S‑1071 08/31/2008 16SAP/3A Hymns: (O) #410; (S) #518 vv 1-4; L.S. #523; #526; #339; (C) #46
Texts: Jeremiah 15:15-21; Romans 12:9-21; Matthew 16:21-28
Theme: “You Want Me to do What?” (Romans 12:17-21).
Armour, SD. SOLIE DEO GLORIA.
Question: “Have You really be Challenged?”
Faithful followers of the Savior, Christ is Risen! He is Risen indeed! Alleluia! The text for our meditation is from the book of Romans. The text will be read in the message (Rom. 12:17-21).
INTRODUCTION: Saints in Christ in the Gospel of John we read these words: “When many of His [Jesus’] disciples heard it, they said, ‘This is a hard saying; who can listen to it?’” (John 6:60). Certainly there are many sayings of Jesus that are hard to understand. There is even a book on the market by F.F. Bruce called The Hard Sayings of Jesus. Here is a sample of what Dr. Bruce discusses in his book: “You must be perfect. Eating and drinking the blood of the Son of Man. I didn’t come to bring peace but sword. The Sabbath is for man. Turning the other cheek.”
It is hard for us 21st century disciples of Jesus to think that we can’t meet the challenges of today. We at times act and think like we know it all. Perhaps you have been in this situation. A group of believers are meeting at a restaurant. The pastor asks one of the youth to pray. The girl responds, “You want me to do WHAT, and in public? The nominating committee asks God’s people to serve as chairman of the congregation, elder, usher, Board of Evangelism, and many respond: “You want me to do WHAT?” The Sunday school Board asks for SS and Midweek teachers and they respond, “You want me to do WHAT?”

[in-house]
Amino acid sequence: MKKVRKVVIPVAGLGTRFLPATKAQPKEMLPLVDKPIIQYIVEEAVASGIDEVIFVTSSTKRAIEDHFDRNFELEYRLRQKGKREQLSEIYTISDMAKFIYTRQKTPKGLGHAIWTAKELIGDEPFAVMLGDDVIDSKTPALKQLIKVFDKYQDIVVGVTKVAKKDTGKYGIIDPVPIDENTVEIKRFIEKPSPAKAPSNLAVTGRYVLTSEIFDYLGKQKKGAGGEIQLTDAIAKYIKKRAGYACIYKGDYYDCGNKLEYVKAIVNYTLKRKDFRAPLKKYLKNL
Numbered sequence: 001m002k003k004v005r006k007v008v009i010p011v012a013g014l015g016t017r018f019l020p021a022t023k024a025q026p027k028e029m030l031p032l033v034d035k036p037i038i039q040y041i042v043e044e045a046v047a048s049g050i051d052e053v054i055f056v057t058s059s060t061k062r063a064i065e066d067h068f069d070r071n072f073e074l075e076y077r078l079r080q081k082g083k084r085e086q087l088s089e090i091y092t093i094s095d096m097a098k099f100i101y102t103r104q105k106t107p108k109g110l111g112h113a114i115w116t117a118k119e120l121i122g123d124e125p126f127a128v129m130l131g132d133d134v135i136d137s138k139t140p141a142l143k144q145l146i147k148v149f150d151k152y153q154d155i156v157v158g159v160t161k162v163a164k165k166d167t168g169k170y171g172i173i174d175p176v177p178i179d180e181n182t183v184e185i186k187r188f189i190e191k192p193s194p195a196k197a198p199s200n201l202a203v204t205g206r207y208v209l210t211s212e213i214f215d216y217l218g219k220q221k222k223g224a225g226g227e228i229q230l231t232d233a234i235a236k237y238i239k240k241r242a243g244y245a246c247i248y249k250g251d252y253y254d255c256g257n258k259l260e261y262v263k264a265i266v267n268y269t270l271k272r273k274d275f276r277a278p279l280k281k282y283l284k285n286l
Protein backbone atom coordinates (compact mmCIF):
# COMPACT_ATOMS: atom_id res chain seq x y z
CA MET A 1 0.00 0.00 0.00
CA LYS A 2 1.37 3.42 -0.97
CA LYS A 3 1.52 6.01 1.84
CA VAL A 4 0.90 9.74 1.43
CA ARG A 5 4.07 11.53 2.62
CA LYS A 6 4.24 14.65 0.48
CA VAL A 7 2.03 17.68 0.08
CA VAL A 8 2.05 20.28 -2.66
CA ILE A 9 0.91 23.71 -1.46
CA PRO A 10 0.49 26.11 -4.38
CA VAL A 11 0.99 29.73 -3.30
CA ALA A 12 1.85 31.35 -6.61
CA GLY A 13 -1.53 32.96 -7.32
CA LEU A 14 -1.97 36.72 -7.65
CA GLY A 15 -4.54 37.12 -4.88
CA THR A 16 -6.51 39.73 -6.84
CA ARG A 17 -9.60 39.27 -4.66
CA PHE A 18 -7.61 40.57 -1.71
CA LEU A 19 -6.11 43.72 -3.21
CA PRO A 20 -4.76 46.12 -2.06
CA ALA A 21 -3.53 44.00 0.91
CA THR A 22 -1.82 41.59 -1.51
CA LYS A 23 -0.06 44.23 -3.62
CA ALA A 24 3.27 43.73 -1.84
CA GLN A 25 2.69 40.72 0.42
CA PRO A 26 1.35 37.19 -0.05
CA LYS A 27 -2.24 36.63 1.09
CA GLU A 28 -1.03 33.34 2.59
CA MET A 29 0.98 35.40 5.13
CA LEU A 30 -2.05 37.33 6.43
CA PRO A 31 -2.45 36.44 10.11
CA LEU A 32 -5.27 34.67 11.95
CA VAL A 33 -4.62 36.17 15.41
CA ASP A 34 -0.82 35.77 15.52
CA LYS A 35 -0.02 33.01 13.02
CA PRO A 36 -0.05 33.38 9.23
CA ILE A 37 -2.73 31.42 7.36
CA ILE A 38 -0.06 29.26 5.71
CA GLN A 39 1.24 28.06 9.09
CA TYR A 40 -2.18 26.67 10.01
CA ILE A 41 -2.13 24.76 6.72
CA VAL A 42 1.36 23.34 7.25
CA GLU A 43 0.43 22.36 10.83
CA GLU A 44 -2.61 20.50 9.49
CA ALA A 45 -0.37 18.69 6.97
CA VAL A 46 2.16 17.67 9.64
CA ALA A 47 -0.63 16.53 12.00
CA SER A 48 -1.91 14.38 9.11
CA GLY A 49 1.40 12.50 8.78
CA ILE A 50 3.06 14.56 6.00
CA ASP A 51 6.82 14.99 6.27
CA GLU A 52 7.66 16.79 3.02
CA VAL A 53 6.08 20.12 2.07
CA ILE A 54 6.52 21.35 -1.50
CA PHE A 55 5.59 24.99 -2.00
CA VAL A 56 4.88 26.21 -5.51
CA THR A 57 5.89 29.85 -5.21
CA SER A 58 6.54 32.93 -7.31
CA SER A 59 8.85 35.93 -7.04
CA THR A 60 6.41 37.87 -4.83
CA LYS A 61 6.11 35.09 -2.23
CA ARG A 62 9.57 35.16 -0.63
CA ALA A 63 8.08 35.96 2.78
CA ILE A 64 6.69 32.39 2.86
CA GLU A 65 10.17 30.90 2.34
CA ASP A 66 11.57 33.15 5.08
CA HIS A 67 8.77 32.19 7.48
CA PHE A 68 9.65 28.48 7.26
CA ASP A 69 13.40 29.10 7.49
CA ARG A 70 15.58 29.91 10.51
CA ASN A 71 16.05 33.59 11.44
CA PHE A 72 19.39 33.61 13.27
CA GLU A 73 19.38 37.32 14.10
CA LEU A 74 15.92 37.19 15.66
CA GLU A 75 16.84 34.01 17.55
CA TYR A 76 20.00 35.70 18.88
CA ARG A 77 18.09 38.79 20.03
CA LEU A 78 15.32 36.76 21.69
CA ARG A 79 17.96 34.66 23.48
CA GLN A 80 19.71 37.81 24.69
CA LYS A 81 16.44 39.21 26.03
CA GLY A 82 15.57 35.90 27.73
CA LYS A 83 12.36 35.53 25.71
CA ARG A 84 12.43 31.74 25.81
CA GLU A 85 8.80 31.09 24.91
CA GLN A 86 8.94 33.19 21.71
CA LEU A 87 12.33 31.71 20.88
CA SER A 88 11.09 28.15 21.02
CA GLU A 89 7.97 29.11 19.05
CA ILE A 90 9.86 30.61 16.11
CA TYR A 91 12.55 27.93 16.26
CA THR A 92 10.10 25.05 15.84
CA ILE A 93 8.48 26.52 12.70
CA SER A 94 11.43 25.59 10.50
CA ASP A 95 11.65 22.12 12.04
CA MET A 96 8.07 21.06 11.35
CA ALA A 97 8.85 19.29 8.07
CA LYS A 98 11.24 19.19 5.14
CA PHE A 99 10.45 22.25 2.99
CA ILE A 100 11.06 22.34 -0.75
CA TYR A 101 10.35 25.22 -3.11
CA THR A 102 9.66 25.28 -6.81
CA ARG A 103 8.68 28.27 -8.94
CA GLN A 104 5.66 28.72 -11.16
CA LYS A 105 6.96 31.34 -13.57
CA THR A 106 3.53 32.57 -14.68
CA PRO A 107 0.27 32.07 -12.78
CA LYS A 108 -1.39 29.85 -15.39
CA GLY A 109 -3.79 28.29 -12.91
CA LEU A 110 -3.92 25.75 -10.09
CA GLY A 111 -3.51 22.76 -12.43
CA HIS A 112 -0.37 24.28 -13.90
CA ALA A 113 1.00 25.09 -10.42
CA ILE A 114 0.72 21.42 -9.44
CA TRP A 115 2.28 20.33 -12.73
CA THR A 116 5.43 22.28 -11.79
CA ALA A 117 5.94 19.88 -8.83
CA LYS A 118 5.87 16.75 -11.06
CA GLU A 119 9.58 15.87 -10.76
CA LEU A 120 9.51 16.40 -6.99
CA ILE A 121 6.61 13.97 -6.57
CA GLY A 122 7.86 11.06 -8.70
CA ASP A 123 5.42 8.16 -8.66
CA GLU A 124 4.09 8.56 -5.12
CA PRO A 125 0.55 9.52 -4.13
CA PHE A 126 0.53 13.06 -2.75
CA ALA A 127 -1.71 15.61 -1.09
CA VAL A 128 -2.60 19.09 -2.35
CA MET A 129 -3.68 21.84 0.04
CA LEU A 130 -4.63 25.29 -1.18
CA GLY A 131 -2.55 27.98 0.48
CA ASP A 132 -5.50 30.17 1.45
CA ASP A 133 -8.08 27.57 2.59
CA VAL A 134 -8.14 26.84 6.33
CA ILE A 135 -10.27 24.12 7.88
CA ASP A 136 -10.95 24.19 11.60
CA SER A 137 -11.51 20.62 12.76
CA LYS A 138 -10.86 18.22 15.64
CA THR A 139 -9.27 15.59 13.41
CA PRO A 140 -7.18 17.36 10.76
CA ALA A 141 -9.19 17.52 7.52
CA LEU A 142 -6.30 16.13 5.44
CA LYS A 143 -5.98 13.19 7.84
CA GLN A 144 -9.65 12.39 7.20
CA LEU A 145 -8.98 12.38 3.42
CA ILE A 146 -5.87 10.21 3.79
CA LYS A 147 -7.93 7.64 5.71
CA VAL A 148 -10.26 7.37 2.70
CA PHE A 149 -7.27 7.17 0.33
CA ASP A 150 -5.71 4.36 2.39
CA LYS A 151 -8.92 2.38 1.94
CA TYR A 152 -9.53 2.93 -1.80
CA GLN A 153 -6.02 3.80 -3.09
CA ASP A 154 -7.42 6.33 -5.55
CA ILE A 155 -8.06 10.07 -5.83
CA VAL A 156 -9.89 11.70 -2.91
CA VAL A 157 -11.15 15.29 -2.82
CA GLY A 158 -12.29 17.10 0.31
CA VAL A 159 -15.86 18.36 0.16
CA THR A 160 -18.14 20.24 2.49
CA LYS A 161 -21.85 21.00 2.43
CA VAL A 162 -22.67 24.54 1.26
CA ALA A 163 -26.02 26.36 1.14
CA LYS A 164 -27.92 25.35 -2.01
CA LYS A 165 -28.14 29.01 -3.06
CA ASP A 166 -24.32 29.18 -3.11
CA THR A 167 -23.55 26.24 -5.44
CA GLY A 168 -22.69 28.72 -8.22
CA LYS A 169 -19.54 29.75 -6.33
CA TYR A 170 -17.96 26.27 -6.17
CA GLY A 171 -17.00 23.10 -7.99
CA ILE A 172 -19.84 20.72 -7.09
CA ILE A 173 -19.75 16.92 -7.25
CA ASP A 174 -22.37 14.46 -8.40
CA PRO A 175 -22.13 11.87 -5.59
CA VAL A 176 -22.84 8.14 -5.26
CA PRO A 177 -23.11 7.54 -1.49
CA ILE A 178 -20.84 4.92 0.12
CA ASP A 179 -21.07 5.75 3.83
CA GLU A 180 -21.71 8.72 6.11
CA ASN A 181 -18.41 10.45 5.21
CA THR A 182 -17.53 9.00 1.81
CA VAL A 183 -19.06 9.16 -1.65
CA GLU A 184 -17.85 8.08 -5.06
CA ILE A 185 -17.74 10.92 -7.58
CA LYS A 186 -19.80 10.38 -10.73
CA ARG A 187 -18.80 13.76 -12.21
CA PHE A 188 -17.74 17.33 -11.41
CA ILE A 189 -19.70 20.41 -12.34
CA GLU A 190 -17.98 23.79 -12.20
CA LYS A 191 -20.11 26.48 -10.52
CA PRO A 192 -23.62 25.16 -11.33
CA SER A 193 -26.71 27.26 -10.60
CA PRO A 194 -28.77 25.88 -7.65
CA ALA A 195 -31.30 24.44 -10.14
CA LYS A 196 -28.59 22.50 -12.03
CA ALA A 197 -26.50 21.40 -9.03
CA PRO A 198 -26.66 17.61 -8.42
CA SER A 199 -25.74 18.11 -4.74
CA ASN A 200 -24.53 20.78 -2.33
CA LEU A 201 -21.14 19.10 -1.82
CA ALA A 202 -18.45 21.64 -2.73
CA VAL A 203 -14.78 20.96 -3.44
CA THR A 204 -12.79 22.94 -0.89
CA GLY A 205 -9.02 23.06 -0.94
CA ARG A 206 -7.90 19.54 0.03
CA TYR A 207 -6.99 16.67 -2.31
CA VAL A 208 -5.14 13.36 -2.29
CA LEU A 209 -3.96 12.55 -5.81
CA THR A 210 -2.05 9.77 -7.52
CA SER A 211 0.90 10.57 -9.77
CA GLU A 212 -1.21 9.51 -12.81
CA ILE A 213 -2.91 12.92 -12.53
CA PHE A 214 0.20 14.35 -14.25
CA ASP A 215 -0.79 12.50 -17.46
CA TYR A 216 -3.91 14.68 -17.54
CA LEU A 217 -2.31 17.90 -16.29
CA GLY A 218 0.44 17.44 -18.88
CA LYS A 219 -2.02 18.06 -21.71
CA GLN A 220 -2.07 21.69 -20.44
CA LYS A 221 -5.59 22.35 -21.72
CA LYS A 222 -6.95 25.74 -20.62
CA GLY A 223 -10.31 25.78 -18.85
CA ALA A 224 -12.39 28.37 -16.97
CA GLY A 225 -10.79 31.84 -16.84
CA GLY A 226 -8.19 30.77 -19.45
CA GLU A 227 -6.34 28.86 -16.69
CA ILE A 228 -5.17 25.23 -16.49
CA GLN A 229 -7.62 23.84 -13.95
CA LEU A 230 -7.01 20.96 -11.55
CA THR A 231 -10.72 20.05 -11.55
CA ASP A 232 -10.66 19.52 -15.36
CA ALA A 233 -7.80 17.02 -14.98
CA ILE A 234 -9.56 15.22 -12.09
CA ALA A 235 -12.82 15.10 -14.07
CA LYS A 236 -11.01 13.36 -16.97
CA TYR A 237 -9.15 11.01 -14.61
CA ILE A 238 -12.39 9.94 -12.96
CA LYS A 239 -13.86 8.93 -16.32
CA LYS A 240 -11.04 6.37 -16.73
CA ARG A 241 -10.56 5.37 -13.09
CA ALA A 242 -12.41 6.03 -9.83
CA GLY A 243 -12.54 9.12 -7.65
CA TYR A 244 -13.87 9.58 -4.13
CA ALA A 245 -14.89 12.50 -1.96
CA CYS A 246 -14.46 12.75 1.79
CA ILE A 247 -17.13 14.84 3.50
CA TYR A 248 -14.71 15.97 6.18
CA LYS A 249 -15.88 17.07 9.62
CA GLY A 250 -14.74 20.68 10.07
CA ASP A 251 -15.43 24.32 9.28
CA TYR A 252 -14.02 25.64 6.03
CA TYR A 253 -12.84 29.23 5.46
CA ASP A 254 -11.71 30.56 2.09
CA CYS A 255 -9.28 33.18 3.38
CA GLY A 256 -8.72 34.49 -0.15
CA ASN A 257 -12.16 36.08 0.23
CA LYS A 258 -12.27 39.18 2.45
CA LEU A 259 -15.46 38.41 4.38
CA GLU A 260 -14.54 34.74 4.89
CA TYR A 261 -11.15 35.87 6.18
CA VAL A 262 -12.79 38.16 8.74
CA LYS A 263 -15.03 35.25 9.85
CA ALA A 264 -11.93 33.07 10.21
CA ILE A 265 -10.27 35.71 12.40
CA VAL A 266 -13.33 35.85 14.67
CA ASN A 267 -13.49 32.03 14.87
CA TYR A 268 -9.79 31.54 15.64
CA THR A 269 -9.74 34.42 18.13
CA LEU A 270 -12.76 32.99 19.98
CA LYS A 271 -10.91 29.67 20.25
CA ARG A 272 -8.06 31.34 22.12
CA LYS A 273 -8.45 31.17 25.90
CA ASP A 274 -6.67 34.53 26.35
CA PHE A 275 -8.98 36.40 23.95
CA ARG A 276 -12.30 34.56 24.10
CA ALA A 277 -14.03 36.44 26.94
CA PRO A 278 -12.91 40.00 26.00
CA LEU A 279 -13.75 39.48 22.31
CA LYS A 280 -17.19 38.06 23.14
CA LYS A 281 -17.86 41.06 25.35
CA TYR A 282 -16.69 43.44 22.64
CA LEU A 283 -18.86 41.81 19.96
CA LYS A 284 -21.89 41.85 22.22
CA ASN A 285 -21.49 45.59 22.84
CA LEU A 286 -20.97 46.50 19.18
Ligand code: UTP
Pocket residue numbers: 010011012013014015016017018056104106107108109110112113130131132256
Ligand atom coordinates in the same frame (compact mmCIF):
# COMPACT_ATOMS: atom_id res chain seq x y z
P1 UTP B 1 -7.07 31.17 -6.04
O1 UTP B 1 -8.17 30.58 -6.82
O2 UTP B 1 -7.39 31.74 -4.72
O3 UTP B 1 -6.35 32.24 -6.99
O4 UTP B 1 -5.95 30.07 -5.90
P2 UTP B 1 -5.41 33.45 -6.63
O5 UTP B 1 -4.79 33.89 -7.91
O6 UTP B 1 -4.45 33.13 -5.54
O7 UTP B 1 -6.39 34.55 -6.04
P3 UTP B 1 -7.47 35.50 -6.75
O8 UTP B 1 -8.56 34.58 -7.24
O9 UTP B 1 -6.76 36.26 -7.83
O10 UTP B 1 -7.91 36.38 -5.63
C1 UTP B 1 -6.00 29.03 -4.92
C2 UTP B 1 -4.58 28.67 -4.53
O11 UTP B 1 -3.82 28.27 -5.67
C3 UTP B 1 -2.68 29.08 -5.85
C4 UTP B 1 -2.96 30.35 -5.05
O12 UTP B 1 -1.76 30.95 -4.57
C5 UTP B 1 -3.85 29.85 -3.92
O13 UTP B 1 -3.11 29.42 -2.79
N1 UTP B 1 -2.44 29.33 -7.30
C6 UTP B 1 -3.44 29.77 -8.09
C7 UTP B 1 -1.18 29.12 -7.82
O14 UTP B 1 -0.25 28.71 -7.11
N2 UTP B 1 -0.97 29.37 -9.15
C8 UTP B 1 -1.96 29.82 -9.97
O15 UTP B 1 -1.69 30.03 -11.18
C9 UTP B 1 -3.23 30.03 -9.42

Like His master and teacher, Paul in our text gives us something that is really hard to understand and follow. With these words, Paul removes any doubt that for us Christians to be true disciples we have to be different from the world. And no text challenges us more than this one from Paul. As you read it you will say, “You want me to do what?” Are you kidding Paul? Have you gone mad? You don’t know what you are saying!”